The spectacles was a surprise 'win' - these would have normally been painted on but adding more appropriate 3D decoration seems to be the way I am going. But not too much!

Summing Up What I Have Learned...

Story short, my peg figures are not evolving. While I do really like some of the new techniques I've tried out here I still actually like my original way of doing things as well. So, no, this isn't an evolution it's more about finding new ways of doing different types of models for different types of projects. Sometimes my peg soldiers are toys, sometimes they are ornaments. Does that make sense?

I'll modify my techniques depending on what I'm trying to achieve. More detailed for 'caricatures' and my original simplified style for 'trinkets' (I'll elaborate what I mean by trinkets in a later post).

So, what did I like (and not like)?

I liked the dowel legs (for appropriate jobs), they give me the chance to model specific poses and slimmer body types for refined female characters (my original one-piece peg body can look a wee bit plump, especially towards the bottom).

The bent arms (for want of a better name for them) are also nice and open up options for more dynamic poses. To be honest, the painted on arms of my original figures were my least favourite part of my peg soldiers. Not because of their look but because they were a pain to paint on. One of the things I wanted to try out was faster way of creating the figures and I found that laboriously painting a whole unit of arms was a bit tedious!

The method of cutting out the arm with an object in one single piece interests me, I like how streamlined the flat component is. A two-piece equivalent would be a little awkward, I think. Though, I did like having the flat arm and the rifle in two separate bits, go figure. (Horses for courses again.)

Noses... Yes or no? ...Maybe, depending! 😁

I don't think the same fat rounded nose I did (made out of a blob of Milliput, btw) is suitable for every figure. I mean, what happens if I do a slim character or a female? It just wouldn't look right. So I like the nose idea in principal but I think I will have to modify the nose shape for specific body types.

Finally, facial features. I definitely didn't like the 'Perry Mason' simplified features (they were bloomin' awful). In fact, this is the one thing that I think I did better the way I originally painted them with the half-circle eyes. But the mouth poses a conundrum, I'm afraid I'll have to do some more tests to find a satisfactory way of doing this.

My original way of doing eyes and the rounded version for my Pippin Fort
cadet. I may just revert to doing my eyes the original way but may do them
slightly smaller. I also liked omitting a mouth, that works well.

All in all, I've enjoyed this experiment and I have learned a few new tricks. Let's see if I can apply what I've learned to a 'live' project! 😊

Wednesday, 15 July 2020

A Call to Arms! Peg Priming.

I always like getting a model to the priming stage, it's a satisfying close of one major phase of modelling - construction - and the start of the final phase of painting.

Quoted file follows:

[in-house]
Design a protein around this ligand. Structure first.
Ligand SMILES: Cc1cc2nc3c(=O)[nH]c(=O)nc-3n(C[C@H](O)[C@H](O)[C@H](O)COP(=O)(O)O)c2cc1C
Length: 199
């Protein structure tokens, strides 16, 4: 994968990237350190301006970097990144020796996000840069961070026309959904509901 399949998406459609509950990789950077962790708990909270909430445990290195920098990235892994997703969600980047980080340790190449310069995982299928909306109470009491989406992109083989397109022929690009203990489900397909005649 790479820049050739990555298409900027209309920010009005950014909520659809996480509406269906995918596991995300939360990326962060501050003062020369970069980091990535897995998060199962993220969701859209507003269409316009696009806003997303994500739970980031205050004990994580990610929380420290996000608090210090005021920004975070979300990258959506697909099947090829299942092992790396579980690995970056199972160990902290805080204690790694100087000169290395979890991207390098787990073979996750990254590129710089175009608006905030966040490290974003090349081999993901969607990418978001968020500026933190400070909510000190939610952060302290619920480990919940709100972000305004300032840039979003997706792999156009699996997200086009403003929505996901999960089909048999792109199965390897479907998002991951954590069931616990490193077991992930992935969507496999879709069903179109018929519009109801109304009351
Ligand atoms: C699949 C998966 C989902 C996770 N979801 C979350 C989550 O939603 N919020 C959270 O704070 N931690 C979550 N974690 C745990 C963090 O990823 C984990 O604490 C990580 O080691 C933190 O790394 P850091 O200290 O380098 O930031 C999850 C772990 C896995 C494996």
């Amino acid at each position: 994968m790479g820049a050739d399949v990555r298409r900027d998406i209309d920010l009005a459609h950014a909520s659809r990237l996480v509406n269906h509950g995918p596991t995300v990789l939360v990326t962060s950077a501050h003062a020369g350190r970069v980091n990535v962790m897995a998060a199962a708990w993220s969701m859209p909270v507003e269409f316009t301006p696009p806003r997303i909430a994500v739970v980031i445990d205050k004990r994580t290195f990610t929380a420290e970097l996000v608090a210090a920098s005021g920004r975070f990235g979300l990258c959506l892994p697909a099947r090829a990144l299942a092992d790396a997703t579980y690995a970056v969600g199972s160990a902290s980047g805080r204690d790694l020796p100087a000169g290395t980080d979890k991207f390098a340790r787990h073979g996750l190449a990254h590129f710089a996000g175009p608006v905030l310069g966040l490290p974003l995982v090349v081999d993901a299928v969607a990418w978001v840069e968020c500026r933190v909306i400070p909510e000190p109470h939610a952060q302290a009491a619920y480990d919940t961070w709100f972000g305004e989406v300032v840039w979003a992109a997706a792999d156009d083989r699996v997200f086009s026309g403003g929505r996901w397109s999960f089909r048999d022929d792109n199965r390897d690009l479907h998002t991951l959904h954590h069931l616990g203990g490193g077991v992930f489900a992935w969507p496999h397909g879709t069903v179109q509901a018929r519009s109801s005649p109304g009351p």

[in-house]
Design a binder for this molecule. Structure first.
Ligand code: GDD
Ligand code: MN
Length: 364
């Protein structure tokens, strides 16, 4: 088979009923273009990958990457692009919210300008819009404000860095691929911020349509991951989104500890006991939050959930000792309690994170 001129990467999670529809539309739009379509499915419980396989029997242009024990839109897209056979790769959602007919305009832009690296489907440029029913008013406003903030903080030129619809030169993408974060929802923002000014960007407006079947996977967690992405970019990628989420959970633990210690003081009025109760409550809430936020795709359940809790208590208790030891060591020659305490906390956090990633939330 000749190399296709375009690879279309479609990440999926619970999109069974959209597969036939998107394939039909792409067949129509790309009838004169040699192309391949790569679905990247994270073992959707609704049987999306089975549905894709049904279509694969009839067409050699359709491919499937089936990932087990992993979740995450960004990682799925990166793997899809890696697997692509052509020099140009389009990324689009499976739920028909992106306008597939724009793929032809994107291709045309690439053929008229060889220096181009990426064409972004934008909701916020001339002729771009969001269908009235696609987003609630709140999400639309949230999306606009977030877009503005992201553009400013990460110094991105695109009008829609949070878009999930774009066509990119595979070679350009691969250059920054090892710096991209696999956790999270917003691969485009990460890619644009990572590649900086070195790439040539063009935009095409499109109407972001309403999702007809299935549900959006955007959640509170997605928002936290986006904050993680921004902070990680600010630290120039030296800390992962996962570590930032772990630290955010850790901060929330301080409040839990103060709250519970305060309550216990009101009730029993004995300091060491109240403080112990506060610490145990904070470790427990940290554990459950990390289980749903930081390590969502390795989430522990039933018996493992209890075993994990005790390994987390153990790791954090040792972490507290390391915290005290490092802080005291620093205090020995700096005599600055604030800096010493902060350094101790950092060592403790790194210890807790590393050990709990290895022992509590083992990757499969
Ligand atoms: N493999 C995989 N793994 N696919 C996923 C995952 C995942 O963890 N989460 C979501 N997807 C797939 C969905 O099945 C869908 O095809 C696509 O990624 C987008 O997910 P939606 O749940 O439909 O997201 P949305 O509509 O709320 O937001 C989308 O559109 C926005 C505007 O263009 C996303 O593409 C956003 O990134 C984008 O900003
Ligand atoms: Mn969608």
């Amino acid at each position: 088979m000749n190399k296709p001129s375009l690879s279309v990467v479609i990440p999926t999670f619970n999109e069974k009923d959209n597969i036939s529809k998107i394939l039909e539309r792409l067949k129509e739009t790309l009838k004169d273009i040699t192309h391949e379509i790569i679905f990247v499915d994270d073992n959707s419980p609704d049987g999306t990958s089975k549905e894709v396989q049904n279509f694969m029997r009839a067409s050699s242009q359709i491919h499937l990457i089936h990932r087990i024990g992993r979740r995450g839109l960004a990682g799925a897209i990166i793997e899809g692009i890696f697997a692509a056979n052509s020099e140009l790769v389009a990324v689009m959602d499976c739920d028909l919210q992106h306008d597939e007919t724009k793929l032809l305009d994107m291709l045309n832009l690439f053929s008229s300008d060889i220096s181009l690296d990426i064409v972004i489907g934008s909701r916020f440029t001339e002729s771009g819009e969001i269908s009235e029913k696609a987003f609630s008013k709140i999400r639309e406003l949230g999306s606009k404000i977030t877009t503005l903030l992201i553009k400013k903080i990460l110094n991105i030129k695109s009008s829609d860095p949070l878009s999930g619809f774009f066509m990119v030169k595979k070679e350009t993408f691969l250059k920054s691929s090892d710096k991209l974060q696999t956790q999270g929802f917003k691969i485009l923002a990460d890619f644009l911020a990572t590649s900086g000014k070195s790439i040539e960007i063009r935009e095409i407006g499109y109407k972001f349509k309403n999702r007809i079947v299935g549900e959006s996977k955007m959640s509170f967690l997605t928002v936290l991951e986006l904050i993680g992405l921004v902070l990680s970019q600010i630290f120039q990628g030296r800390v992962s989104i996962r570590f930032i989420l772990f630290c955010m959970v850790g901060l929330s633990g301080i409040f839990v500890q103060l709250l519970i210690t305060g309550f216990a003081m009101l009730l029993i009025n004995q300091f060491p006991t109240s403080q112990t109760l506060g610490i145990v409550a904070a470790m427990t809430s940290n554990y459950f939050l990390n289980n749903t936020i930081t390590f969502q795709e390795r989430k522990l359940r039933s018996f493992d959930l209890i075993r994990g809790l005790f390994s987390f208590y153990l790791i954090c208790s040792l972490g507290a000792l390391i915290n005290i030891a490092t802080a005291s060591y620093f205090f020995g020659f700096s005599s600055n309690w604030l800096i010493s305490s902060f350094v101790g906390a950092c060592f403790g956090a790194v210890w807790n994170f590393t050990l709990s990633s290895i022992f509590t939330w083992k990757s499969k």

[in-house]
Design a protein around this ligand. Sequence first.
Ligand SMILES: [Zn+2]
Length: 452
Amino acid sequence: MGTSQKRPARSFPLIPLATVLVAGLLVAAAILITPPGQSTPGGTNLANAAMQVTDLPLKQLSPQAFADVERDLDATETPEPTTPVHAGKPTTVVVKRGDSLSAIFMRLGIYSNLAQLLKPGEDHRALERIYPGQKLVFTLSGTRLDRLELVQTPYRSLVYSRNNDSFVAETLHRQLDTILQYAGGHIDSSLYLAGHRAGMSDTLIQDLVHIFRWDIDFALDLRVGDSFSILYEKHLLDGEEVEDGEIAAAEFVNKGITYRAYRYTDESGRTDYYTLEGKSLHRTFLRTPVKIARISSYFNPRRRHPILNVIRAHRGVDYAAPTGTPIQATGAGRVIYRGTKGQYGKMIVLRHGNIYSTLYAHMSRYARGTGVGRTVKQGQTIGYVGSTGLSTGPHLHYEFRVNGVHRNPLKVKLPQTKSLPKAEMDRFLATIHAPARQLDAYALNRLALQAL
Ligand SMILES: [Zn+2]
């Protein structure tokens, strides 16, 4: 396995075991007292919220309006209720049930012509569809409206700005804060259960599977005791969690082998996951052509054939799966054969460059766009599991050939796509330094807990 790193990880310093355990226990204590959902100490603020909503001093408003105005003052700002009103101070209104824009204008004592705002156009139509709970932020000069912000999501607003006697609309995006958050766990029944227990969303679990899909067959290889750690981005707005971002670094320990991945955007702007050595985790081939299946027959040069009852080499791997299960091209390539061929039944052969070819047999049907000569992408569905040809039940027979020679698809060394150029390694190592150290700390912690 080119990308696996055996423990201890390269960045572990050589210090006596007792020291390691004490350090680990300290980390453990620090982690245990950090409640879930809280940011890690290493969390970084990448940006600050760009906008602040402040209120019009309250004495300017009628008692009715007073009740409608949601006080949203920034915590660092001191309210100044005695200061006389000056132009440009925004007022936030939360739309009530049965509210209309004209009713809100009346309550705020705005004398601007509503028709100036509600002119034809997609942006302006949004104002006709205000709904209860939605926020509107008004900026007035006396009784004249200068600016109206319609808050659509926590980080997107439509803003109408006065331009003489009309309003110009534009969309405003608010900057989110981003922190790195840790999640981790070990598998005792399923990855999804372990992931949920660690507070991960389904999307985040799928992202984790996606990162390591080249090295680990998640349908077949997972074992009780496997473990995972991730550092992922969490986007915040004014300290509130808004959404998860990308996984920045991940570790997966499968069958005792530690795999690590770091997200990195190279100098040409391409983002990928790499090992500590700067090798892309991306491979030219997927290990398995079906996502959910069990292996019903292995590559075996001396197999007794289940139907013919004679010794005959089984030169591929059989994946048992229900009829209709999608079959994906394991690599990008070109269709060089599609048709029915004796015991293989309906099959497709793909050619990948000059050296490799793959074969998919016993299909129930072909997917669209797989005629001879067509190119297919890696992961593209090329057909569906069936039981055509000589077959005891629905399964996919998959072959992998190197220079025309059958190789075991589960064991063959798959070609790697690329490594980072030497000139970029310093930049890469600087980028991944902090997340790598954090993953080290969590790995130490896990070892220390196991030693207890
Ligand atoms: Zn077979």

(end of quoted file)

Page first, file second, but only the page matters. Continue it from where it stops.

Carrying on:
My primer of choice is the bargain basement Wilko's Gray Primer spray. Some people like to prime white and other like black, but as usual I prefer to split the difference and go with gray. There's no real deal breaking reason for this, though I sometime find that covering white can be a little tricky (it sometimes takes a decent coat to cover if the paint you are using is a little thin or translucent) and black can slightly mute bring colours (again depending how opaque your top coat paints are).

So after a good rattle I gave my peg figures a good couple of coats...

Ahhh, Problemos!
One thing priming does tend to do is uncover any little blemishes or faults that have occurred during construction but you didn't notice. The flat grey colour seem to make it easier to spot boo-boos! (So I guess there is an advantage to gray after all - white and black both tend to help hide minor faults.)

In this case, I had been a little slap dash in the way I had tried to smooth down the metal pin heads which protruded a bit at the shoulder joint of the arms. For expediency I had used my Dremmel tool and a metal cutting disc to grind down the pin heads but - obviously - was not paying a great deal of attention (I think it was late) and I accidentally nicked the wood of the arms here and there...

AND SO... I had to resort to using some Green Stuff putty to fill these little nicks with a view to sanding them flush once they had dried...

A good going over with an emery board soon smoothed out the filler and we were back at square one ready to prime these parts once again...

Another blast with the gray primer did the trick. Note to self: Next time remember to recess the drill-hole so that the head of the metal pin does not protrude. A small spot of putty would then be enough to hide the pin. Also, be a bit more careful using the Dremmel in future! 😂

There we go, that's a bit better...Now, to paint the little blighters! 😀

Sunday, 12 July 2020

Sunday Tinkerings!